Mr CALWELL - This bill will not make effective any such application for naturalization. Technically, any person can be naturalized in this country; but it is' a rule of the department that naturalization shall be granted only to persons of European origin or descent. Persons are admitted to this country if they are substantially of European origin. By " substantially " I mean that persons who are more than' one-half of European extraction - for example, an Eurasian who is five-eighths of European extraction - would be admitted to the Commonwealth and would be treated as though they were persons of European descent. That is the practice of the department, over which the honorable member for Indi (Mr. McEwen) presided for a portion of his ministerial career, and over which the honorable member for "Wentworth (Mr. Harrison) ' held sway in the long, long ago when he was a Commonwealth Minister of State.


Mr Blain - Will this bill be sponsored by the Summer School of Political Science, as a first wedge?


Mr CALWELL - I do not propose to answer the honorable member's aberrations in regard to summer schools, or any other subject. I am presenting a bill that has been considered from time to time by many governments of the Commonwealth. It is a- measure designed to do in the Mandated Territory of New Guinea precisely what has been done by the Parliament of the United Kingdom for persons who have resided in Palestine for the required period of five years. Such persons are entitled to naturalization certificates which, while they continue to reside in Palestine, give them all the rights and privileges of British nationality, but once they leave Palestine the certificates no longer have any effect. In this bill, we propose to grant certain limited rights of citizenship, and 90 per cent, of the .persons who will benefit deserve to do so.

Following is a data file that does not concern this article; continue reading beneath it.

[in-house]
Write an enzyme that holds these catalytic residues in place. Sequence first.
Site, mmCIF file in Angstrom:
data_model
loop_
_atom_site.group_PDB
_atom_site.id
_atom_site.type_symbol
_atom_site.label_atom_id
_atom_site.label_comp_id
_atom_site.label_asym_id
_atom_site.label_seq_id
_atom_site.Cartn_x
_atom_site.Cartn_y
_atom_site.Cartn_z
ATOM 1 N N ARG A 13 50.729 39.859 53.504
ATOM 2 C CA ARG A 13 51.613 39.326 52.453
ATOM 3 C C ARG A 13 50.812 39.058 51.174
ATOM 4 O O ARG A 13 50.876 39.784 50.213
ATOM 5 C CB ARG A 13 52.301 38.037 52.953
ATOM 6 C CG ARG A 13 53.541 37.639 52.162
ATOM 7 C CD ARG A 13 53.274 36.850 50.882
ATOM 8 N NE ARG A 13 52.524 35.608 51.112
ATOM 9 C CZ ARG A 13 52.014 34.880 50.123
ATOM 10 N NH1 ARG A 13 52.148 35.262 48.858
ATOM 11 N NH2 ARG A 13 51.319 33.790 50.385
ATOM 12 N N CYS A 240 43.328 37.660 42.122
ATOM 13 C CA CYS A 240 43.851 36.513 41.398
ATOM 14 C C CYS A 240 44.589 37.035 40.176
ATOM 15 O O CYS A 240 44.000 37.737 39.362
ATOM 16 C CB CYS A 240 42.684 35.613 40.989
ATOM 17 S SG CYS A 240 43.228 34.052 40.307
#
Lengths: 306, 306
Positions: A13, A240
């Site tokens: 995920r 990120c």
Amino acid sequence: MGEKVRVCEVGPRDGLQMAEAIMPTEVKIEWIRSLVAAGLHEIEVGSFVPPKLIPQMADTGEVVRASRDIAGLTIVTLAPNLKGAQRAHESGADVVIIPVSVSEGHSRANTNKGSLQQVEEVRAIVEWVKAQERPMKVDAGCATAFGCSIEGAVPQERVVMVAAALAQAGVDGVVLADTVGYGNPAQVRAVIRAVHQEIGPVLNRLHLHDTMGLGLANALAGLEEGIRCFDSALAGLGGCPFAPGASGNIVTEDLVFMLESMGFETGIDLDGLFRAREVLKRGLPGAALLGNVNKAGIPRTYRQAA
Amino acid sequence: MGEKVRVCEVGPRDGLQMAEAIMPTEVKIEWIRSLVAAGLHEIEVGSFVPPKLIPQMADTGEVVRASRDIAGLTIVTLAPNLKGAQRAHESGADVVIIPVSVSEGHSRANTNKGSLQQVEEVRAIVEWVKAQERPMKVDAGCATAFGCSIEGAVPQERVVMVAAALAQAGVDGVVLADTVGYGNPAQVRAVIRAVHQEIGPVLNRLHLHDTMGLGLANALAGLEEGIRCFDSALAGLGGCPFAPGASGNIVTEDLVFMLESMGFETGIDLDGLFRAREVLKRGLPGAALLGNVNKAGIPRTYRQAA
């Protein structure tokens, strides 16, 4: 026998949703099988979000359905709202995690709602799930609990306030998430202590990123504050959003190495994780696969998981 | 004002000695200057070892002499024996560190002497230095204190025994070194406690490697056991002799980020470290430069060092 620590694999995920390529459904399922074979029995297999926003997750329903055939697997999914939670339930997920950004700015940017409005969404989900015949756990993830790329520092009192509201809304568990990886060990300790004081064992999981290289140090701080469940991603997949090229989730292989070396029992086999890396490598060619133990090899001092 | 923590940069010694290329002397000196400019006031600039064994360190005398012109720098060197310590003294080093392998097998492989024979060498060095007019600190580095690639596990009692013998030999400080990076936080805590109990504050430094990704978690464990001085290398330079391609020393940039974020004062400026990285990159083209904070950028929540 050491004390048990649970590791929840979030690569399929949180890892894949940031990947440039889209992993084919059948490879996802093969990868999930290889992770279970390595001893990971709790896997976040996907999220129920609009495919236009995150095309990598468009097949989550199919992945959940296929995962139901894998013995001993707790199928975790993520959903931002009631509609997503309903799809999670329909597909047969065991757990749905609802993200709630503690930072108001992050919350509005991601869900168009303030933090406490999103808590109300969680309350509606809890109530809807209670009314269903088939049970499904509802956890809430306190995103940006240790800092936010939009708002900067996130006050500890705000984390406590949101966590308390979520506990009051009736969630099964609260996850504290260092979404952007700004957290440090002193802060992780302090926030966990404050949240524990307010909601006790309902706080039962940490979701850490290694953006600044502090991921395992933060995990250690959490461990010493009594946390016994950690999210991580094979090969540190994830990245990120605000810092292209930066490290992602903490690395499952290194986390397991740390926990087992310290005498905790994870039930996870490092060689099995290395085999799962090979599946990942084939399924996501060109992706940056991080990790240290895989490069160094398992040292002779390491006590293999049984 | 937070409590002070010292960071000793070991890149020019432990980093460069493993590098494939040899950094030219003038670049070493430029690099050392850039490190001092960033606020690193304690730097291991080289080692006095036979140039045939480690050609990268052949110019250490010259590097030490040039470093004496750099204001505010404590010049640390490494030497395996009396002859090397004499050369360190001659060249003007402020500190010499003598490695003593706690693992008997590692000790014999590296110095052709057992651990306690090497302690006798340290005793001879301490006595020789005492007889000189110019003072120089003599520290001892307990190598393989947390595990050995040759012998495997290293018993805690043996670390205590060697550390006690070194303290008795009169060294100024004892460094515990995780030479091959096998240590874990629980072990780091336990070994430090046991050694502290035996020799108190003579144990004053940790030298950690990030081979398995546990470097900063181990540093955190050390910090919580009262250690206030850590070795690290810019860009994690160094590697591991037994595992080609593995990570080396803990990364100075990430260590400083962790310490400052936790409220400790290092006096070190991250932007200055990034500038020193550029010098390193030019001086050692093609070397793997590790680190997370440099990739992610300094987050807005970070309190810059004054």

Mr White - Are there not some known Nazis among these people?


Mr CALWELL - There may be, and if so they will not get naturalization certificates.


Mr White - Is the Minister sure of that?


Mr CALWELL - I am sure of it, because I am the Minister who administers our nationality laws. Any one who gets past me has to get up pretty early in the morning.